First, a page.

Expedition Reaches Destination; Wildlife Corridor Work Continues
Blistered and bug-bitten, a group of conservationists reached their destination of Okefenokee National Wildlife Refuge in southern Georgia, on Earth Day. The Florida Wildlife Corridor Expedition team set out back in January, at the southern tip of Florida in the Everglades National Park. They made their way up through the sunshine state on foot, by paddle and occasionally on horseback. Their goal has been to garner attention for a vision to link Florida’s already existing protected natural areas, to lands with the potential to be protected. The hope is this will eventually lead to a state-long corridor of wild and rural lands.
Now that the 100 day expedition has been completed, the focus of expedition co-leader, Carlton Ward Jr. and others involved in the corridor project could be even more challenging. That focus includes getting funding restored for the state’s conservation land acquisition program, Florida Forever.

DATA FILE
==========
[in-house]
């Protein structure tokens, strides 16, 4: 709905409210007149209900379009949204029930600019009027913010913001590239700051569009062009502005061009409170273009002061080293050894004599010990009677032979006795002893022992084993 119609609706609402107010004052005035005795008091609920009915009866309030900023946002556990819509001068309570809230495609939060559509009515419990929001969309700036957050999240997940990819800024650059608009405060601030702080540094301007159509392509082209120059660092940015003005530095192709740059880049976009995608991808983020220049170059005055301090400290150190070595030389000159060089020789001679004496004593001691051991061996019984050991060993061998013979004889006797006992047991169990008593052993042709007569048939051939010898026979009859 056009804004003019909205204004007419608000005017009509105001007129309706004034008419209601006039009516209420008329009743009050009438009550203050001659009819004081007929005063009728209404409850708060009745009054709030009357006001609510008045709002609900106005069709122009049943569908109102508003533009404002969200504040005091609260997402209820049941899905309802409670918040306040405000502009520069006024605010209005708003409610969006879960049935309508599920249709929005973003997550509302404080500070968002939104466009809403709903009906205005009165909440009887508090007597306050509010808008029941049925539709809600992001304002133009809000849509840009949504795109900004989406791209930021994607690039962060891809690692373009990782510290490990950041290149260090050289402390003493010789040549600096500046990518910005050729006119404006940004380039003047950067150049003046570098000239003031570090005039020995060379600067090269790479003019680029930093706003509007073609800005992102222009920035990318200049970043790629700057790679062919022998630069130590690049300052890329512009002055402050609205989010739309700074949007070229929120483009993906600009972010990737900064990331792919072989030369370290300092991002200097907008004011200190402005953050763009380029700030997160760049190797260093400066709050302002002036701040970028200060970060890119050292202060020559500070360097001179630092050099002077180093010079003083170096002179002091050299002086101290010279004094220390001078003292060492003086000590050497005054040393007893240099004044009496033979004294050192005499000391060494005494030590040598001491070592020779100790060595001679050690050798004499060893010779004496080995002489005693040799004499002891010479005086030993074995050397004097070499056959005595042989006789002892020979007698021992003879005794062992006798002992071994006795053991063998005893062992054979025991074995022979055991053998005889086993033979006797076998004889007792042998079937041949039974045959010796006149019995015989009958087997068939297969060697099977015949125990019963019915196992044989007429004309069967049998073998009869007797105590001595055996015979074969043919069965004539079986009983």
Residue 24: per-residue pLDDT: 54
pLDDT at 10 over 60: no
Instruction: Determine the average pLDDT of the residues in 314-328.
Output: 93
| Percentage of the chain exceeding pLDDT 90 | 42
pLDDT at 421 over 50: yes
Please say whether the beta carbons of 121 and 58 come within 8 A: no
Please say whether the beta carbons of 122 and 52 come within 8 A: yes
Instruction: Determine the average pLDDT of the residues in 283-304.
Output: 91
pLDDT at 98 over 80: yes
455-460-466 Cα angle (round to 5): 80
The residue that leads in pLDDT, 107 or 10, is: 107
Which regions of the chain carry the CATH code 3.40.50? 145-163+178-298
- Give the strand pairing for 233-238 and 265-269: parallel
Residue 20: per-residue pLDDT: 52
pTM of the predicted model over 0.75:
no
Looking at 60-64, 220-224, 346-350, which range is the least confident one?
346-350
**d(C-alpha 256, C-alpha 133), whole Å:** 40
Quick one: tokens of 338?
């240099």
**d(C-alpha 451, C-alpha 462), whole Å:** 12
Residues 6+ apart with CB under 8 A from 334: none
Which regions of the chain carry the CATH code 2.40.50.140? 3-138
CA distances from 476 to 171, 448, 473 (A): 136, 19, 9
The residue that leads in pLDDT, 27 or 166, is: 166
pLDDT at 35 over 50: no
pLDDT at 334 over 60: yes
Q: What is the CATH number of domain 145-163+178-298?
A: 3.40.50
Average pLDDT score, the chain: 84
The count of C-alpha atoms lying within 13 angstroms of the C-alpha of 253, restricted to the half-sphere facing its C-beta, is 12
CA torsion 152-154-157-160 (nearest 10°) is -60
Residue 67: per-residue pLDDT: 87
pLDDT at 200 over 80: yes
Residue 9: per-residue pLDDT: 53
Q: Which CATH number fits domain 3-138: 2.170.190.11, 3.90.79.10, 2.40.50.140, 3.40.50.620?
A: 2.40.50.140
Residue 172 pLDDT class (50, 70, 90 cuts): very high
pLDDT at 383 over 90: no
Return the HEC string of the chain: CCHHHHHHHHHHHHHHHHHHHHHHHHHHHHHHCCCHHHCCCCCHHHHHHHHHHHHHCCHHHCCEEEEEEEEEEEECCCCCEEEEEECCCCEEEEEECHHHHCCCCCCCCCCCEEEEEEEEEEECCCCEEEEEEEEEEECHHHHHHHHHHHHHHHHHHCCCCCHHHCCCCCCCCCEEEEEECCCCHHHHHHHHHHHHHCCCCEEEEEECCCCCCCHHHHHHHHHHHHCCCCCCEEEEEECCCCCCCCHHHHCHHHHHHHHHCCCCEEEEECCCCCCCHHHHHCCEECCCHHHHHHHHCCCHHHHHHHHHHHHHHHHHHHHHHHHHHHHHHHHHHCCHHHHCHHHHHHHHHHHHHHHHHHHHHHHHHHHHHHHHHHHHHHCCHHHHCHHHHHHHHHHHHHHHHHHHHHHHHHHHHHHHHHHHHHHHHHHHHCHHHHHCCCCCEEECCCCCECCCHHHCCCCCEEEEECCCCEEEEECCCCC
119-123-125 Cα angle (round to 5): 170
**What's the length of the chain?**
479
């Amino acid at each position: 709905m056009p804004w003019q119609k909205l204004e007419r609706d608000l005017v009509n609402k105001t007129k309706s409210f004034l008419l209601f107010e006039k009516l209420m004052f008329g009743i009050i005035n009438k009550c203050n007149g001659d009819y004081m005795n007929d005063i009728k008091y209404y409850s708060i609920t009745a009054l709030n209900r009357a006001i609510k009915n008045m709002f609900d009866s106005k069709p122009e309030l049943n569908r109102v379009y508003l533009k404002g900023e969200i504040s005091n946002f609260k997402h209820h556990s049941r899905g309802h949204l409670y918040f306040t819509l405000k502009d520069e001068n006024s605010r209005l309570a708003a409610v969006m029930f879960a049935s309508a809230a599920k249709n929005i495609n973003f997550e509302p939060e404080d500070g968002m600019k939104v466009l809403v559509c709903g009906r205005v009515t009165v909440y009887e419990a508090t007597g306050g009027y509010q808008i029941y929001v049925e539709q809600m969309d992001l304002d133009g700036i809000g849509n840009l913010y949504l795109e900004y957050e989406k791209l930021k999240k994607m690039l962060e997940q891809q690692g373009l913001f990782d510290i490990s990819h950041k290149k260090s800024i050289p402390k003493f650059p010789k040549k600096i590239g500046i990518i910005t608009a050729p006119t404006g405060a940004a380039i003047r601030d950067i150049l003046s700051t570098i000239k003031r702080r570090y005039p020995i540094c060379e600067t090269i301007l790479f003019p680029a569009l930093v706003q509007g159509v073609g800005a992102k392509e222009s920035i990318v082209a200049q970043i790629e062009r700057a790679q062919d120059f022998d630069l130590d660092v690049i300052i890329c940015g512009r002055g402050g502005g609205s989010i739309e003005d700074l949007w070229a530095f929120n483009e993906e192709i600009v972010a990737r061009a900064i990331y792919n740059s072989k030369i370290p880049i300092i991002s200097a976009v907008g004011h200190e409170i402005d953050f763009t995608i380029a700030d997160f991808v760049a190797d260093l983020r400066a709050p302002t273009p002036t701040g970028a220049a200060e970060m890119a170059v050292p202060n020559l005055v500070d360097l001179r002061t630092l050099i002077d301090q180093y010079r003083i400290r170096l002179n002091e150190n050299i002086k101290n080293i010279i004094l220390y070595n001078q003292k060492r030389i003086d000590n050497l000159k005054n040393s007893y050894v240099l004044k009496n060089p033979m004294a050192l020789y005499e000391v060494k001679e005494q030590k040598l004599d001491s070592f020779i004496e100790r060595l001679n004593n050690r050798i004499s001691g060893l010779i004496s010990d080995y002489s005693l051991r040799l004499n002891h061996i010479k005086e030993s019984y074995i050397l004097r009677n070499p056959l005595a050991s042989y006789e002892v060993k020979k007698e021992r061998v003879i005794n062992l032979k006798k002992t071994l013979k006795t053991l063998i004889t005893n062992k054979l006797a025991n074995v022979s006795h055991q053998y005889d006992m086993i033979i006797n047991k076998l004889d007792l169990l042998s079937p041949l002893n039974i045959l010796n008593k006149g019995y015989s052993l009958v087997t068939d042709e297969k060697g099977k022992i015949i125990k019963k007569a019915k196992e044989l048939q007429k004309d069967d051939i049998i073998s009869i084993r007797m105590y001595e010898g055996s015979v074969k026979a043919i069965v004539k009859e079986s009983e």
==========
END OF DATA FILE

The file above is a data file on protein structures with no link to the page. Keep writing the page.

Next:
Tom Hoctor, director of the Center for Landscape Conservation Planning at University of Florida, and co-founder of the Florida Wildlife Corridor concept, says that if Florida Forever is supported and gets funding returned to pre-economic downturn levels, big parts of the Florida Wildlife Corridor could get protected in the next few years. Hoctor explains that this funding is an investment in the health of Florida’s environment and economy through long-term planning.
“Natural and rural lands provide us with many different services, including water storage, water purification, flood control, storm protection, air purification, etc.” Hoctor says.
He adds that these resources are actually worth a lot of money.
Expedition member Mallory Lykes Dimmitt adds that conservation is a bipartisan issue.
“It’s supported by a large majority of Floridians and in general, around the country, polling data shows that we’re largely for conservation.” She adds: “Without the voice of citizens demanding these things from our elected officials, it’s very easy to cut those kinds of programs out.”